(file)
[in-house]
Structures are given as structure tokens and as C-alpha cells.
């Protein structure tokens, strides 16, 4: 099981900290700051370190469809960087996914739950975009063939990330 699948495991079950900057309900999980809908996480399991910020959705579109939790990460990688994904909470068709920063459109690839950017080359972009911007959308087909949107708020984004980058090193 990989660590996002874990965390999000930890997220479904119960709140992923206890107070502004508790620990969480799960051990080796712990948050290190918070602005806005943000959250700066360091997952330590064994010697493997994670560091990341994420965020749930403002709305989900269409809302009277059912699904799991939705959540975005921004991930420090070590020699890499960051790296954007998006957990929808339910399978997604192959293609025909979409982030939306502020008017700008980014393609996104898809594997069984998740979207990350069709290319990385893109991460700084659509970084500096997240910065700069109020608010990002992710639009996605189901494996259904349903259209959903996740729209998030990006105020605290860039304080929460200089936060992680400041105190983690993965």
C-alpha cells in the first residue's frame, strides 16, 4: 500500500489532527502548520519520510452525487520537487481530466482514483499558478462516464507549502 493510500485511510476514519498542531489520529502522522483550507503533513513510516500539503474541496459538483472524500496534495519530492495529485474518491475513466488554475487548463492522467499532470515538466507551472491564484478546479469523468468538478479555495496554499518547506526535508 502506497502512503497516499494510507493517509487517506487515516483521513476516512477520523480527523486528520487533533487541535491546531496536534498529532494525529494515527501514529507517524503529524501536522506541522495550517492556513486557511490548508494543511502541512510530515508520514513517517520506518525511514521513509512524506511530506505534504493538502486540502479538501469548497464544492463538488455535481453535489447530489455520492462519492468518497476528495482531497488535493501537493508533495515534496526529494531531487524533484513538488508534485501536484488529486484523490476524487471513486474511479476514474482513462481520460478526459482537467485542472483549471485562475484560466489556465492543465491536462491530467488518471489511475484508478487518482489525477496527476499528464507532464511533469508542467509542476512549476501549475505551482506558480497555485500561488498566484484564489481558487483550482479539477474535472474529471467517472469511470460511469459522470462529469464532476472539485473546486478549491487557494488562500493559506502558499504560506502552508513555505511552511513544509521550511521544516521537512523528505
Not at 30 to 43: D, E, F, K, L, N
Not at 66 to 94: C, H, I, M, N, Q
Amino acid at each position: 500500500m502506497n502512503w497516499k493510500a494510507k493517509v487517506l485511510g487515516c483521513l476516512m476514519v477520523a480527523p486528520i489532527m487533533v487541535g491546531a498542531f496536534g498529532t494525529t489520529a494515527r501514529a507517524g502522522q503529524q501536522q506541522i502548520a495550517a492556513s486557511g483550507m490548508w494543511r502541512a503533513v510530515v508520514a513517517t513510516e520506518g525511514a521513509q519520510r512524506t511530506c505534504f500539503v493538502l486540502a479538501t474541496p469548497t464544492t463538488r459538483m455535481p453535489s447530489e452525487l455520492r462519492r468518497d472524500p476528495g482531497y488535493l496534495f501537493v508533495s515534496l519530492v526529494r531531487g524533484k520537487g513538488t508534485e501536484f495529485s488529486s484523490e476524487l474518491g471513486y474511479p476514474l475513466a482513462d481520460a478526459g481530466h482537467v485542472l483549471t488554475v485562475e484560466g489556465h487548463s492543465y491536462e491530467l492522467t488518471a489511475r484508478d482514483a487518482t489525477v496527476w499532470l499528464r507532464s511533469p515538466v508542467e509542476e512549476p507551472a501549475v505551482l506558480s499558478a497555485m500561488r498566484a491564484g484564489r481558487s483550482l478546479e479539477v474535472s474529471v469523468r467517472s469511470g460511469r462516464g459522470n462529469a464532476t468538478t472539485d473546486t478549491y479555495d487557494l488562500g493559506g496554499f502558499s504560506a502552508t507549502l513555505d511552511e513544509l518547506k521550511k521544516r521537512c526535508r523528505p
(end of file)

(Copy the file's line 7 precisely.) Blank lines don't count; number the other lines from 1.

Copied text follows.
Amino acid at each position: 500500500m502506497n502512503w497516499k493510500a494510507k493517509v487517506l485511510g487515516c483521513l476516512m476514519v477520523a480527523p486528520i489532527m487533533v487541535g491546531a498542531f496536534g498529532t494525529t489520529a494515527r501514529a507517524g502522522q503529524q501536522q506541522i502548520a495550517a492556513s486557511g483550507m490548508w494543511r502541512a503533513v510530515v508520514a513517517t513510516e520506518g525511514a521513509q519520510r512524506t511530506c505534504f500539503v493538502l486540502a479538501t474541496p469548497t464544492t463538488r459538483m455535481p453535489s447530489e452525487l455520492r462519492r468518497d472524500p476528495g482531497y488535493l496534495f501537493v508533495s515534496l519530492v526529494r531531487g524533484k520537487g513538488t508534485e501536484f495529485s488529486s484523490e476524487l474518491g471513486y474511479p476514474l475513466a482513462d481520460a478526459g481530466h482537467v485542472l483549471t488554475v485562475e484560466g489556465h487548463s492543465y491536462e491530467l492522467t488518471a489511475r484508478d482514483a487518482t489525477v496527476w499532470l499528464r507532464s511533469p515538466v508542467e509542476e512549476p507551472a501549475v505551482l506558480s499558478a497555485m500561488r498566484a491564484g484564489r481558487s483550482l478546479e479539477v474535472s474529471v469523468r467517472s469511470g460511469r462516464g459522470n462529469a464532476t468538478t472539485d473546486t478549491y479555495d487557494l488562500g493559506g496554499f502558499s504560506a502552508t507549502l513555505d511552511e513544509l518547506k521550511k521544516r521537512c526535508r523528505p